28 October 2016

American Pamphlets 1920-1945: Call for academic partners

The British Library is currently looking for academic partners for our AHRC Collaborative Doctoral Partnerships programme to work on a project which will focus on the Library’s collection of American political pamphlets published between 1920 and 1945. The application deadline is 25 November 2016.

AHRC CDPs provide funding for PhD research drawing on our collections, resources and expertise that is co-supervised by the Library and a selected academic partner at a UK university or Higher Education Institute (HEI).

Pamphlets2

The project will draw on the Library’s extensive holdings of American political pamphlets to study and contextualise the writing, printing, distribution and dissemination of pamphlets in the years preceding and during the Second World War.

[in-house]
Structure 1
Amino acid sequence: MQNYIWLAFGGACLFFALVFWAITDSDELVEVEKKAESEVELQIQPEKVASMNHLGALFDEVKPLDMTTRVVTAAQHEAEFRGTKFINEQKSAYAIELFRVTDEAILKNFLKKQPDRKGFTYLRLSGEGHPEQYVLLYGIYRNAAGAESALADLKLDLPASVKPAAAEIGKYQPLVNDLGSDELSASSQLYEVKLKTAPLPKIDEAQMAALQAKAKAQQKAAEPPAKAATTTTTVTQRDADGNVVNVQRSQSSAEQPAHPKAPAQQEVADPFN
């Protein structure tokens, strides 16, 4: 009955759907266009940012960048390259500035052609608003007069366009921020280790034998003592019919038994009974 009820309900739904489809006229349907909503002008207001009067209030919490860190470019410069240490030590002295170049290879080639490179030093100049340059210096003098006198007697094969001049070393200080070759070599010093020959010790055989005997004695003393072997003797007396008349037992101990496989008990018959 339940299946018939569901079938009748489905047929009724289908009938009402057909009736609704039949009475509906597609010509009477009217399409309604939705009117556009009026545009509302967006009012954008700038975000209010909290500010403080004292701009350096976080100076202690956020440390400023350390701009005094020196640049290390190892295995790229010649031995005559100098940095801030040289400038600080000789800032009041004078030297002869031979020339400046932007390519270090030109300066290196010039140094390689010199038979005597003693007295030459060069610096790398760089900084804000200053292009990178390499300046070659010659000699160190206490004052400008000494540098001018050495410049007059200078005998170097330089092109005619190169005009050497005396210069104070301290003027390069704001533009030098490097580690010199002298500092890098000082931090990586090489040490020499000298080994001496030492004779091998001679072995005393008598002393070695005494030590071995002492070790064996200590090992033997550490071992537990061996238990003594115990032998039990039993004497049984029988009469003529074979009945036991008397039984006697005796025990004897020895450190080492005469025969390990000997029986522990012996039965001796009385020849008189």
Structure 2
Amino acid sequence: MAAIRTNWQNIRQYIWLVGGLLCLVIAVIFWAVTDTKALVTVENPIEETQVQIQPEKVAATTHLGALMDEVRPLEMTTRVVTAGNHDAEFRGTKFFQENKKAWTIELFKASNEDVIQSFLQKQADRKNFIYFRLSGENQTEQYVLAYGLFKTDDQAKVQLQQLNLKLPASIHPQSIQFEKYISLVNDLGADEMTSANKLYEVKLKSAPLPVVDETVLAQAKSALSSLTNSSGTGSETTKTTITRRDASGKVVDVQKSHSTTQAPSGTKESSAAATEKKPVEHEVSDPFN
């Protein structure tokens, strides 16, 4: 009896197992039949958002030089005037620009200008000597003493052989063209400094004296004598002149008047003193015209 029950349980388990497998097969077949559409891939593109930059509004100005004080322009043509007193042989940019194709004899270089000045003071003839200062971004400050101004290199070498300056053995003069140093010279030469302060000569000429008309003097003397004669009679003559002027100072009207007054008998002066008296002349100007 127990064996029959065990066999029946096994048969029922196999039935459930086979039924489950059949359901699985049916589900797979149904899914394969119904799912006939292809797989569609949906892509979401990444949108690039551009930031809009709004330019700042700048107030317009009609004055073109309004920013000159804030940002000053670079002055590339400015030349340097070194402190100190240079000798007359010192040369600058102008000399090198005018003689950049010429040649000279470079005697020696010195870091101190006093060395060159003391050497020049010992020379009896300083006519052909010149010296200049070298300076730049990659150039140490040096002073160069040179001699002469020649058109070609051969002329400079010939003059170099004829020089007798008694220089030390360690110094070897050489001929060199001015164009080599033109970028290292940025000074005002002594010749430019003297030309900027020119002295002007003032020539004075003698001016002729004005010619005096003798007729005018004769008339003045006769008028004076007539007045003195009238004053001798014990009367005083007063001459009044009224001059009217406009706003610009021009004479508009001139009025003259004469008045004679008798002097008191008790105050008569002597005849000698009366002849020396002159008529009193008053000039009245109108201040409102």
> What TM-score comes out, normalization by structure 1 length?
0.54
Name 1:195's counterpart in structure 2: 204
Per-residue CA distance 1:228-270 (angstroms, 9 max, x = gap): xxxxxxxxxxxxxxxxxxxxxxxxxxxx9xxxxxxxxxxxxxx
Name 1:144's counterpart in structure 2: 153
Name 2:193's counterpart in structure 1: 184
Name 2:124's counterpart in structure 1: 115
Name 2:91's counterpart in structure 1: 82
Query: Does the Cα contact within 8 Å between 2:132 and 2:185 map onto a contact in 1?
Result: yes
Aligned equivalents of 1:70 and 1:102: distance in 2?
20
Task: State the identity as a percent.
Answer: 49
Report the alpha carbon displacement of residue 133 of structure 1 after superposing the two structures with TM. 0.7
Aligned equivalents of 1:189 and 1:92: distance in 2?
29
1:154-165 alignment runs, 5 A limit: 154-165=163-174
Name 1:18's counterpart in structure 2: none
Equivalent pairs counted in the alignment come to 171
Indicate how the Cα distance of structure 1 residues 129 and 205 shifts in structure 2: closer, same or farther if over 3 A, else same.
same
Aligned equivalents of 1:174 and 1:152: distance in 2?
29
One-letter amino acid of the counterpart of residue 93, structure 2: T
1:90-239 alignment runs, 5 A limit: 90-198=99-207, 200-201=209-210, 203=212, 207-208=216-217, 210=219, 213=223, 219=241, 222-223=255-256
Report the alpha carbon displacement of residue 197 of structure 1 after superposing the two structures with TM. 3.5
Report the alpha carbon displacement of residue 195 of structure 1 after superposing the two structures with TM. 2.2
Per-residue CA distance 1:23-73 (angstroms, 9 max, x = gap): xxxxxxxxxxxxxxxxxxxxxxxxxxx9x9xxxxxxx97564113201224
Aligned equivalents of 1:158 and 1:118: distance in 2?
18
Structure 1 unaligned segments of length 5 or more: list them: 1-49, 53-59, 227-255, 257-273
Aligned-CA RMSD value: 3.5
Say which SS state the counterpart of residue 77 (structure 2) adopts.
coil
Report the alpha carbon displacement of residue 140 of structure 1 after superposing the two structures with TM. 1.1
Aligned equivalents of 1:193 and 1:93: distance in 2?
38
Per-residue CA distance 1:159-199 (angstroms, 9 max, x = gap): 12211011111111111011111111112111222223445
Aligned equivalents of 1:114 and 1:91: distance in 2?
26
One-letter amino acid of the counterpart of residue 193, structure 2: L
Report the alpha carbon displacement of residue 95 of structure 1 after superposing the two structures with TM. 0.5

The Library’s collection of American pamphlets from the interwar period contains publications by different anti-fascist, anti-capitalist and pacifist societies. These include the Socialist Party of America, the Young People’s Socialist League, the American League Against War and Fascism, the Jewish People's Committee, the War Resisters League, the World Peace Foundation, as well as anti-imperialist societies such as the United Aid for Peoples of African Descent, among many others. The researcher will also benefit from access to the extensive collection of US political pamphlets at the Marx Memorial Library, who is a partner in the project. 

Please find more information on how to apply here, and do not hesitate to email us at Americas@bl.uk with any questions.